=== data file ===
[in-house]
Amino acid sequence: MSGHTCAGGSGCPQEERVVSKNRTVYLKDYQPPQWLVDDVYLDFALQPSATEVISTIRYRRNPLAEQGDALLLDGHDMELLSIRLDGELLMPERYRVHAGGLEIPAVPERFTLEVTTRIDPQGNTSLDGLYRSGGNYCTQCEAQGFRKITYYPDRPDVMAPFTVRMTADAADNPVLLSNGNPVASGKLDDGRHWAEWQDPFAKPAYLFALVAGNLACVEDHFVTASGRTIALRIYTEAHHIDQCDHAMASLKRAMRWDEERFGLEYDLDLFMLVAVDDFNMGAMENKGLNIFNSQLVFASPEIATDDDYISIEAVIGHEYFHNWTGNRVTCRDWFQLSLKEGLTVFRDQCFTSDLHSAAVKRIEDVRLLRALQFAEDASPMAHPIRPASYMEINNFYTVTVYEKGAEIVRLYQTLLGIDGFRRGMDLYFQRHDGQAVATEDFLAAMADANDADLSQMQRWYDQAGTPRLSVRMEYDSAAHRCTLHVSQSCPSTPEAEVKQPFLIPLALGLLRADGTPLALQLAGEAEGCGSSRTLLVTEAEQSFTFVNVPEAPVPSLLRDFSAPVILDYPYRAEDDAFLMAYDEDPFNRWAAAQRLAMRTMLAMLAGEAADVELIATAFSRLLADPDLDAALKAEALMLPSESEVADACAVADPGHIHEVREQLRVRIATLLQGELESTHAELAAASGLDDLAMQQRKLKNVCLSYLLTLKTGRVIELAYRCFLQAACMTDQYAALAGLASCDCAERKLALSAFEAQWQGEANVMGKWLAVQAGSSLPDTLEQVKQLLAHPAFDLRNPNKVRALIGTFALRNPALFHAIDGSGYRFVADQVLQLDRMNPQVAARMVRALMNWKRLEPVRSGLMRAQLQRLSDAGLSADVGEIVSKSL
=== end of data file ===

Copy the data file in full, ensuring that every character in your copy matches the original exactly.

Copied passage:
[in-house]
Amino acid sequence: MSGHTCAGGSGCPQEERVVSKNRTVYLKDYQPPQWLVDDVYLDFALQPSATEVISTIRYRRNPLAEQGDALLLDGHDMELLSIRLDGELLMPERYRVHAGGLEIPAVPERFTLEVTTRIDPQGNTSLDGLYRSGGNYCTQCEAQGFRKITYYPDRPDVMAPFTVRMTADAADNPVLLSNGNPVASGKLDDGRHWAEWQDPFAKPAYLFALVAGNLACVEDHFVTASGRTIALRIYTEAHHIDQCDHAMASLKRAMRWDEERFGLEYDLDLFMLVAVDDFNMGAMENKGLNIFNSQLVFASPEIATDDDYISIEAVIGHEYFHNWTGNRVTCRDWFQLSLKEGLTVFRDQCFTSDLHSAAVKRIEDVRLLRALQFAEDASPMAHPIRPASYMEINNFYTVTVYEKGAEIVRLYQTLLGIDGFRRGMDLYFQRHDGQAVATEDFLAAMADANDADLSQMQRWYDQAGTPRLSVRMEYDSAAHRCTLHVSQSCPSTPEAEVKQPFLIPLALGLLRADGTPLALQLAGEAEGCGSSRTLLVTEAEQSFTFVNVPEAPVPSLLRDFSAPVILDYPYRAEDDAFLMAYDEDPFNRWAAAQRLAMRTMLAMLAGEAADVELIATAFSRLLADPDLDAALKAEALMLPSESEVADACAVADPGHIHEVREQLRVRIATLLQGELESTHAELAAASGLDDLAMQQRKLKNVCLSYLLTLKTGRVIELAYRCFLQAACMTDQYAALAGLASCDCAERKLALSAFEAQWQGEANVMGKWLAVQAGSSLPDTLEQVKQLLAHPAFDLRNPNKVRALIGTFALRNPALFHAIDGSGYRFVADQVLQLDRMNPQVAARMVRALMNWKRLEPVRSGLMRAQLQRLSDAGLSADVGEIVSKSL